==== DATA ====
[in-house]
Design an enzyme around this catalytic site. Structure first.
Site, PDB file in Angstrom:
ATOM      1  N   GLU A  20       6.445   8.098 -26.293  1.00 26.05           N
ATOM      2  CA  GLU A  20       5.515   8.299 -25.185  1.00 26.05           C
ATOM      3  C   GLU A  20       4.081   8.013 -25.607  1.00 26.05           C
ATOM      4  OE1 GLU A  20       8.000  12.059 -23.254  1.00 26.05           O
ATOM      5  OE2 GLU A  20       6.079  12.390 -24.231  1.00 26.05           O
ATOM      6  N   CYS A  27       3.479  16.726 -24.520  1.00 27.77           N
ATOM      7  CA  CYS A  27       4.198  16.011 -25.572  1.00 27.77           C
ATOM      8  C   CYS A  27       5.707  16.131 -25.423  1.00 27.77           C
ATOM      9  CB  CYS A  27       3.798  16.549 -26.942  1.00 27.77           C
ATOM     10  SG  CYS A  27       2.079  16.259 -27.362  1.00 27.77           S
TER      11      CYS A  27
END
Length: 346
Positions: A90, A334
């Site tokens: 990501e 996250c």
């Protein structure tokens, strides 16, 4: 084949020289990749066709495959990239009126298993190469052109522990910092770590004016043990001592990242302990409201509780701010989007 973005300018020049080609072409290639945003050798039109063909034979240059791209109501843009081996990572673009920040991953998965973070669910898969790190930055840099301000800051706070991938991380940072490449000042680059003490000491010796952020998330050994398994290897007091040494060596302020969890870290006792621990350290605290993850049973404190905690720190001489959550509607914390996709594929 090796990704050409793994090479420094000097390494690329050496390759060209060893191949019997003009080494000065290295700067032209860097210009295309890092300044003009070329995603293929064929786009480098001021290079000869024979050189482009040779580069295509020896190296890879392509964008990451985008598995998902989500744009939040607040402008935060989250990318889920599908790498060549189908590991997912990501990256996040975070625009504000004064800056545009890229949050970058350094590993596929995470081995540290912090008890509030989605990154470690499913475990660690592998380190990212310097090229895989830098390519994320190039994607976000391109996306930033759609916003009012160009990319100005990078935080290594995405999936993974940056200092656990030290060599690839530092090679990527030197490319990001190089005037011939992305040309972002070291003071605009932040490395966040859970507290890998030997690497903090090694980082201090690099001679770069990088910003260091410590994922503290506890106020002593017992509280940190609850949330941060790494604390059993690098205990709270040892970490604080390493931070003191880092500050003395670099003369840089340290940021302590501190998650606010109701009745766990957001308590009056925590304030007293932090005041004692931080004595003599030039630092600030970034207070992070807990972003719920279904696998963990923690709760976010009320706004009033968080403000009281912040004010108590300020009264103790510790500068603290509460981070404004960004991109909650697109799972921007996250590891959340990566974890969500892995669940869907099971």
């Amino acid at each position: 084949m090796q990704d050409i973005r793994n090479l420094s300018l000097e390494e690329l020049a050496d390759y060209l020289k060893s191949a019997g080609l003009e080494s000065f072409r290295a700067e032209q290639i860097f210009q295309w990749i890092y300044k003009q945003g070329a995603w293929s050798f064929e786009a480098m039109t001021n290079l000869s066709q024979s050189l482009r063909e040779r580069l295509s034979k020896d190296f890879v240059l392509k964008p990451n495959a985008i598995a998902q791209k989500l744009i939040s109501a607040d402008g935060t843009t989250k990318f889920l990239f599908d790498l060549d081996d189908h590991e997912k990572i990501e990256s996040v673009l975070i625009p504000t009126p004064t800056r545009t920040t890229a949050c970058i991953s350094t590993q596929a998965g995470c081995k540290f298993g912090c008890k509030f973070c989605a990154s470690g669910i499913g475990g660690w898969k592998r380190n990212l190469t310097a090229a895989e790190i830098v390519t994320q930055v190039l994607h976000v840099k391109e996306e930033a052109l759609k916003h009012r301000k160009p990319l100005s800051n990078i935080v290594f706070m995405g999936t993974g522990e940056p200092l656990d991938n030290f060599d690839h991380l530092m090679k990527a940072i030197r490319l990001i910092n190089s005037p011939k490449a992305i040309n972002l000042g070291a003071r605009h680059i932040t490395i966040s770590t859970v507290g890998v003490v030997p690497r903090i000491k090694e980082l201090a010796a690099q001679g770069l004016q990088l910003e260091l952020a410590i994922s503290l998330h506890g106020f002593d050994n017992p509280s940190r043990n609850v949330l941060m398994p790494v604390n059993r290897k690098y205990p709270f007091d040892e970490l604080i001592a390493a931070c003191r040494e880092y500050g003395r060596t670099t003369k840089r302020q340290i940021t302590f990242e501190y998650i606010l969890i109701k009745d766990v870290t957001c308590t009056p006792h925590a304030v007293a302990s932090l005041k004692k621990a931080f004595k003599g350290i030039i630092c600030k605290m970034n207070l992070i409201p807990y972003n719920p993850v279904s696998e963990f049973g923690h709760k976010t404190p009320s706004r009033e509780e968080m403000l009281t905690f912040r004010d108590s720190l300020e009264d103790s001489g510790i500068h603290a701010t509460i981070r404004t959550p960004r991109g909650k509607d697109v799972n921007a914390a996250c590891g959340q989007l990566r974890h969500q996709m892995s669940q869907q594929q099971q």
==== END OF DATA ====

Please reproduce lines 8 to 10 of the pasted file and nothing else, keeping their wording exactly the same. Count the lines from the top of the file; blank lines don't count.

ATOM      5  OE2 GLU A  20       6.079  12.390 -24.231  1.00 26.05           O
ATOM      6  N   CYS A  27       3.479  16.726 -24.520  1.00 27.77           N
ATOM      7  CA  CYS A  27       4.198  16.011 -25.572  1.00 27.77           C